+  No further restrictions apply: the process can make
                   mappings to arbitrary user IDs (group IDs) in the
                   parent user namespace.

             *  Or otherwise all of the following restrictions apply:

                +  The data written to uid_map (gid_map) must consist
                   of a single line that maps the writing process's
                   effective user ID (group ID) in the parent user
                   namespace to a user ID (group ID) in the user
                   namespace.

                +  The writing process must have the same effective
                   user ID as the process that created the user names-
                   pace.

                +  In the case of gid_map, use of the setgroups(2)

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                   system call must first be denied by writing dqdenydq
                   to the /proc/[pid]/setgroups file (see below)
                   before writing to gid_map.

          Writes that violate the above rules fail with the error
          EPERM.

        Interaction with system calls that change
          In a user namespace where the uid_map file has not been
          written, the system calls that change user IDs will fail.
          Similarly, if the gid_map file has not been written, the
          system calls that change group IDs will fail.  After the
          uid_map and gid_map files have been written, only the mapped
          values may be used in system calls that change user and
          group IDs.

          For user IDs, the relevant system calls include setuid(2),
          setfsuid(2), setreuid(2), and setresuid(2).  For group IDs,
          the relevant system calls include setgid(2), setfsgid(2),
          setregid(2), setresgid(2), and setgroups(2).

          Writing dqdenydq to the /proc/[pid]/setgroups file before
          writing to /proc/[pid]/gid_map will permanently disable
          setgroups(2) in a user namespace and allow writing to
          /proc/[pid]/gid_map without having the CAP_SETGID capability
          in the parent user namespace.

        The /proc/[pid]/setgroups file
          The /proc/[pid]/setgroups file displays the string dqallowdq
          if processes in the user namespace that contains the process
          pid are permitted to employ the setgroups(2) system call; it
          displays dqdenydq if setgroups(2) is not permitted in that
          user namespace.  Note that regardless of the value in the
          /proc/[pid]/setgroups file (and regardless of the process's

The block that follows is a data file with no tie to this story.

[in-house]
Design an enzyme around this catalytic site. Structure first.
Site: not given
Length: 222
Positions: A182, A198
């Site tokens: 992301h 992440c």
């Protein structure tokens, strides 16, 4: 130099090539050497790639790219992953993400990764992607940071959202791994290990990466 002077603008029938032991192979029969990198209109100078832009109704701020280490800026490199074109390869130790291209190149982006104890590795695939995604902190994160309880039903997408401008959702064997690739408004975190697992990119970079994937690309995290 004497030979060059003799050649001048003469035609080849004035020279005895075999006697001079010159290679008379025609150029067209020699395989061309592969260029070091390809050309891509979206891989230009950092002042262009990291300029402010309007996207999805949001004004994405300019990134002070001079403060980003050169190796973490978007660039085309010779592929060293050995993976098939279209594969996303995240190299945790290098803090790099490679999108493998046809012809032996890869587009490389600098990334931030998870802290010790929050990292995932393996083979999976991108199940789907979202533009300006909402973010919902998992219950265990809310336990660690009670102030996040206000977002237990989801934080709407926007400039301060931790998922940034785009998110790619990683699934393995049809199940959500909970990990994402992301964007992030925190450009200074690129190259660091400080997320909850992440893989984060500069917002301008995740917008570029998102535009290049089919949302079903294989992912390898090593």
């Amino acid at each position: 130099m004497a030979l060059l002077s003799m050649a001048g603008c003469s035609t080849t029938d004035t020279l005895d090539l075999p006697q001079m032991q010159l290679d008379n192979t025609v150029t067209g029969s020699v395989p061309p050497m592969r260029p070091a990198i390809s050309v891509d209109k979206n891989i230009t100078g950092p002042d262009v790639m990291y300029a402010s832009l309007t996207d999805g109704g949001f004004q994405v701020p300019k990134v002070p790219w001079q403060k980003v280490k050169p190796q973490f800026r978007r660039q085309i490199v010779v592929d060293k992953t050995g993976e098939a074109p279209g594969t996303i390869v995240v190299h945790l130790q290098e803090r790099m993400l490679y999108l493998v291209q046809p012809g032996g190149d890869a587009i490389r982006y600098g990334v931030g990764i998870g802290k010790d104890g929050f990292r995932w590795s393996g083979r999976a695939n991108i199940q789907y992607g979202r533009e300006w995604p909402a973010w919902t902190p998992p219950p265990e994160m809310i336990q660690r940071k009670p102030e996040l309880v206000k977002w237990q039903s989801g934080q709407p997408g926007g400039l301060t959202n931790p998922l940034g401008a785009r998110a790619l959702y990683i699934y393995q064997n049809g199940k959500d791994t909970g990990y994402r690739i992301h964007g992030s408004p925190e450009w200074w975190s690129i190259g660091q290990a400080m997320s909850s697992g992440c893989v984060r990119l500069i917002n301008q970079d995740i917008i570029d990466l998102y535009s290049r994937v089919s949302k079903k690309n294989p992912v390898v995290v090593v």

capabilities), calls to setgroups(2) are also not permitted
          if /proc/[pid]/gid_map has not yet been set.

          A privileged process (one with the CAP_SYS_ADMIN capability
          in the namespace) may write either of the strings dqallowdq or
          dqdenydq to this file before writing a group ID mapping for
          this user namespace to the file /proc/[pid]/gid_map. Writing
          the string dqdenydq prevents any process in the user namespace
          from employing setgroups(2).

          The essence of the restrictions described in the preceding
          paragraph is that it is permitted to write to
          /proc/[pid]/setgroups only so long as calling setgroups(2)
          is disallowed because /proc/[pid]/gid_map has not been set.
          This ensures that a process cannot transition from a state
          where setgroups(2) is allowed to a state where setgroups(2)
          is denied; a process can transition only from setgroups(2)
          being disallowed to setgroups(2) being allowed.

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          The default value of this file in the initial user namespace
          is dqallowdq.

          Once /proc/[pid]/gid_map has been written to (which has the
          effect of enabling setgroups(2) in the user namespace), it
          is no longer possible to disallow setgroups(2) by writing
          dqdenydq to /proc/[pid]/setgroups (the write fails with the
          error EPERM).

          A child user namespace inherits the /proc/[pid]/setgroups
          setting from its parent.

          If the setgroups file has the value dqdenydq, then the
          setgroups(2) system call can't subsequently be reenabled (by
          writing dqallowdq to the file) in this user namespace.
          (Attempts to do so fail with the error EPERM.)  This
          restriction also propagates down to all child user names-